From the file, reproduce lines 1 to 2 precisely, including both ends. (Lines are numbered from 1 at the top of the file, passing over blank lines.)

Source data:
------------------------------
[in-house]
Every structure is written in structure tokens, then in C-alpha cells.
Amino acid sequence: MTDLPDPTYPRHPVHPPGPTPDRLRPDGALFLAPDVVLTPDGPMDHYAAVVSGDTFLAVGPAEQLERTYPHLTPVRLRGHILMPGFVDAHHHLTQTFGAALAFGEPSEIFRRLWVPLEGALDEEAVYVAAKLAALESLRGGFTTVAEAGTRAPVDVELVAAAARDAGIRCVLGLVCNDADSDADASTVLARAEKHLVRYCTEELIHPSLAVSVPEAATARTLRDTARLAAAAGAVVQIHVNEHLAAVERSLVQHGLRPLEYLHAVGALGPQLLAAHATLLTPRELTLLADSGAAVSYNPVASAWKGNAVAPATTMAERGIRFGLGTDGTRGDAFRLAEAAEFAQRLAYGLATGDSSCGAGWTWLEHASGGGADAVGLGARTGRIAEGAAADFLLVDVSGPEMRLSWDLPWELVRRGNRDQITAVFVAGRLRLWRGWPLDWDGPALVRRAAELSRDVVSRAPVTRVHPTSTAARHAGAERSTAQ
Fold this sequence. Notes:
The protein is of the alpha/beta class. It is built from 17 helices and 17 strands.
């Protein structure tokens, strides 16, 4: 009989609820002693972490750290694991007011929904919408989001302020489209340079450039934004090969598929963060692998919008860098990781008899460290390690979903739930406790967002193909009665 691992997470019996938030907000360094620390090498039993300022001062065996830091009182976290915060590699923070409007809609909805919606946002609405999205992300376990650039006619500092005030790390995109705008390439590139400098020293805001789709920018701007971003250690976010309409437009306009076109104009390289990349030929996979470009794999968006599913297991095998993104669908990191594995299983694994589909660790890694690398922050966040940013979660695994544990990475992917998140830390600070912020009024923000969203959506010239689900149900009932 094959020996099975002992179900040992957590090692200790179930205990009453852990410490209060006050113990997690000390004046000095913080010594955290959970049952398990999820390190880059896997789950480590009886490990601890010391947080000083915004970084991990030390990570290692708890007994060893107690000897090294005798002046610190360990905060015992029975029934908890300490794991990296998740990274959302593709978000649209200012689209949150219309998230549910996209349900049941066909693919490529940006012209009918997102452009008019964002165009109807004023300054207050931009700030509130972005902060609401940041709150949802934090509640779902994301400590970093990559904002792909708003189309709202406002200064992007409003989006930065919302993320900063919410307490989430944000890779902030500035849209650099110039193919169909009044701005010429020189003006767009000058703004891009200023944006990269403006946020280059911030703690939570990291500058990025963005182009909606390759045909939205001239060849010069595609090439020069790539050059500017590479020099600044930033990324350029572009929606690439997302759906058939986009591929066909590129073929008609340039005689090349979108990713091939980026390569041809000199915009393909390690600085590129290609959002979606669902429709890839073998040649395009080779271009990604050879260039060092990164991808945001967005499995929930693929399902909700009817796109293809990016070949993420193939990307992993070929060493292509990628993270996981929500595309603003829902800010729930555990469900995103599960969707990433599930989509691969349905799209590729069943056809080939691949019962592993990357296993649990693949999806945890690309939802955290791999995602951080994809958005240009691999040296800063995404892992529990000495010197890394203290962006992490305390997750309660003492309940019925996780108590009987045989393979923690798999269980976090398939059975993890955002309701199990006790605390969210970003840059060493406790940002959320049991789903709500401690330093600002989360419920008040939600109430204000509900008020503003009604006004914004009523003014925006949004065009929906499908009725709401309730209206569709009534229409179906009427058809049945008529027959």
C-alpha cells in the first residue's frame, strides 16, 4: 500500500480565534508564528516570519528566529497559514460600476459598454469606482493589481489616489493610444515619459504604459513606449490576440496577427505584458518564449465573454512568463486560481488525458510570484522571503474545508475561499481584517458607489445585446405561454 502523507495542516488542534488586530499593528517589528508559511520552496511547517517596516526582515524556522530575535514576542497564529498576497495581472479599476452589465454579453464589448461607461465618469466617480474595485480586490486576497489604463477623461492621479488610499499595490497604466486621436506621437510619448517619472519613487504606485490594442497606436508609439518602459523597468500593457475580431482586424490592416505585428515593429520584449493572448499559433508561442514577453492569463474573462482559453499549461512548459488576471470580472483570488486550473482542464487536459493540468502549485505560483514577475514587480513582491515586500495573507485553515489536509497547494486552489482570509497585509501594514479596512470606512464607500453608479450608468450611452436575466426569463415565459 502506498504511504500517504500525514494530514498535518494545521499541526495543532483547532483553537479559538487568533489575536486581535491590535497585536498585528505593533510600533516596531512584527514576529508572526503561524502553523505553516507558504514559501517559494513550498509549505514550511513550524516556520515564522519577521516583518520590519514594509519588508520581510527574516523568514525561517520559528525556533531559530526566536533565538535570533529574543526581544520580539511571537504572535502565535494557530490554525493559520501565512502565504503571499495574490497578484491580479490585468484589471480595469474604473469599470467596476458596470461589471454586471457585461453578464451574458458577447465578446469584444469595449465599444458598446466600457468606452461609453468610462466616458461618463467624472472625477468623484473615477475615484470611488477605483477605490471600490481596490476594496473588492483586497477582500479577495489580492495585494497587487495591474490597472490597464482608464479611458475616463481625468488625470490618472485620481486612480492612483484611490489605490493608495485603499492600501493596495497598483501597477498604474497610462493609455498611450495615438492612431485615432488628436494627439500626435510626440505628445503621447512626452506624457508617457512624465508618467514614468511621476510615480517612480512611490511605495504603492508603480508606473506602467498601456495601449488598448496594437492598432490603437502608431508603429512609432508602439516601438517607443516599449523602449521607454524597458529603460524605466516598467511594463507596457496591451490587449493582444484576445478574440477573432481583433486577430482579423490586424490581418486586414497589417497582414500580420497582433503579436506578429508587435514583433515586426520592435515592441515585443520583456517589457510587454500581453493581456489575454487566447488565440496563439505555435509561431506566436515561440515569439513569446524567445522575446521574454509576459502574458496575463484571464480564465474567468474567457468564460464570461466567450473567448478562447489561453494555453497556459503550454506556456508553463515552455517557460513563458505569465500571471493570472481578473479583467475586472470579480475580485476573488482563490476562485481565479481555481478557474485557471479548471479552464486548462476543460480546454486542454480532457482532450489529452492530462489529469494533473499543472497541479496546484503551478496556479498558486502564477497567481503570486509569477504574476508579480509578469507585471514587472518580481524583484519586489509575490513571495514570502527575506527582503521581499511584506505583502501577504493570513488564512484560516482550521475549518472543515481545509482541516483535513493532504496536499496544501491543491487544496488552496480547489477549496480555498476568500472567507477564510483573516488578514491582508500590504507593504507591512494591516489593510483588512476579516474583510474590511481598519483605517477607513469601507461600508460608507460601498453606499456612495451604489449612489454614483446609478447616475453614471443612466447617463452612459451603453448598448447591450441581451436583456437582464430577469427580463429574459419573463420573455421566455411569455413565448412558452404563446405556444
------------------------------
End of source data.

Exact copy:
[in-house]
Every structure is written in structure tokens, then in C-alpha cells.